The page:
We come to the 3rd chapter of Christopher Wright’s book, The God I don’t Understand(2008, IVP). Poking a little fun at theologians he tells us that while they want to explain evil, God intends and will destroy it. He reminds us that in the 1st chapter he called us to accept the mystery of evil and in the 2nd to protest and lament it. In this chapter he calls us to rejoice over evil’s final destruction.
The whole Bible, indeed, can be read as the epic account of God’s plan and purpose to defeat evil and rid his whole creation of it forever. (56)
Wright wants us to look at 3 ways the cross helps us understand God’s response to evil. “They are: the utter ‘evilness’ of evil; the utter goodness of God; and the utter sovereignty of God” (p. 57). The cross holds these 3 things together and Wright argues through the chapter how each of these things must be part of our understanding of how God defeats evil.
1. If evil isn’t that evil or rather was necessary, then God is somehow stained by it
2. God is utterly good. And his sovereignty over evil people and his use of their acts of evil does not stain him either.
3. God is sovereign and whether or not you try to distinguish between God’s permissive will and his declarative will, he is sovereign over all things.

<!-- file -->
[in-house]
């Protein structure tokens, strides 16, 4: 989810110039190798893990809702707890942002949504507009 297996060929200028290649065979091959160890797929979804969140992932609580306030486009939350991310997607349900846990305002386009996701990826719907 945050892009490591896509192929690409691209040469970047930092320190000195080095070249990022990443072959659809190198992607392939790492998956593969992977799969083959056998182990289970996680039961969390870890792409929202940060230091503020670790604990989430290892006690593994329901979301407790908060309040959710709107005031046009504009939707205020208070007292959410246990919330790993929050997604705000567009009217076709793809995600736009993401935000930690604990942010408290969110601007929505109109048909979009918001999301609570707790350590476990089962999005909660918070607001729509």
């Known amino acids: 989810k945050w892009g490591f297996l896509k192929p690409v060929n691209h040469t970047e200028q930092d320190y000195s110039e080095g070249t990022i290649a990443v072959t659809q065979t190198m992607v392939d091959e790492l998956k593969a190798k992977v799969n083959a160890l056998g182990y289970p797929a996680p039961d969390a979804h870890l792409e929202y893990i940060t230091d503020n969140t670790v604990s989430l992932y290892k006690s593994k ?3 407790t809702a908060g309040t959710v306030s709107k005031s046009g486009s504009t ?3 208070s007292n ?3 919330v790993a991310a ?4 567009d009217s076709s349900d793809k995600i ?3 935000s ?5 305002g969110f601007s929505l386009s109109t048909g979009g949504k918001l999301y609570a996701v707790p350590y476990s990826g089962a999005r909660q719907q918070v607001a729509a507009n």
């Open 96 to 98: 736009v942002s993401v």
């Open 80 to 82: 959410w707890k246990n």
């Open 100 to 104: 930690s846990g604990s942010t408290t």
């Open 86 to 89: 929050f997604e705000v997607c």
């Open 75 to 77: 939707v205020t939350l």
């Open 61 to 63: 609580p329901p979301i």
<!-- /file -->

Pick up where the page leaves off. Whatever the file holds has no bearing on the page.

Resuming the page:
Wright then recounts the Joseph story to show these three truths. Evil is evil in the life of Joseph. God is good to him and the whole area. God is sovereign, even over the evil behavior of his brothers.
And then he moves to the cross,
First, the cross exposed the utter depths of human and satanic evil–in hatred, injustice, cruelty, violence, and murder…
Second, the cross happened fully in accordance with God’s sovereign will from eternity…
Third, the cross also expressed the utter goodness of God, pouring out his mercy and grace in self-giving love. (62-63)
Finally, he finishes the chapter with an exploration of Revelation as it illustrates the centrality of the Cross in the defeat of evil. “Christ’s power to control these evil forces [the horsemen in Revelation] is the same power as the power he exercised on the cross.” (p. 67). And so, Rev. 21 tells us of the evils that will be banished (sea, death, pain, sin, darkness, shame, strife, curse, etc.).
This is a short but nice chapter on the power of the cross over evil–how God brings evil and righteousness together in one act in order to destroy all evil. Whenever human goodness and evil combine, the result is impurity. But God’s weakness/innocence on the cross results in the destruction of all that is evil.
From here we’ll move to questions about all the killing in the OT, of the destruction of the Canaanites to give Israel a land. How are we to understand that?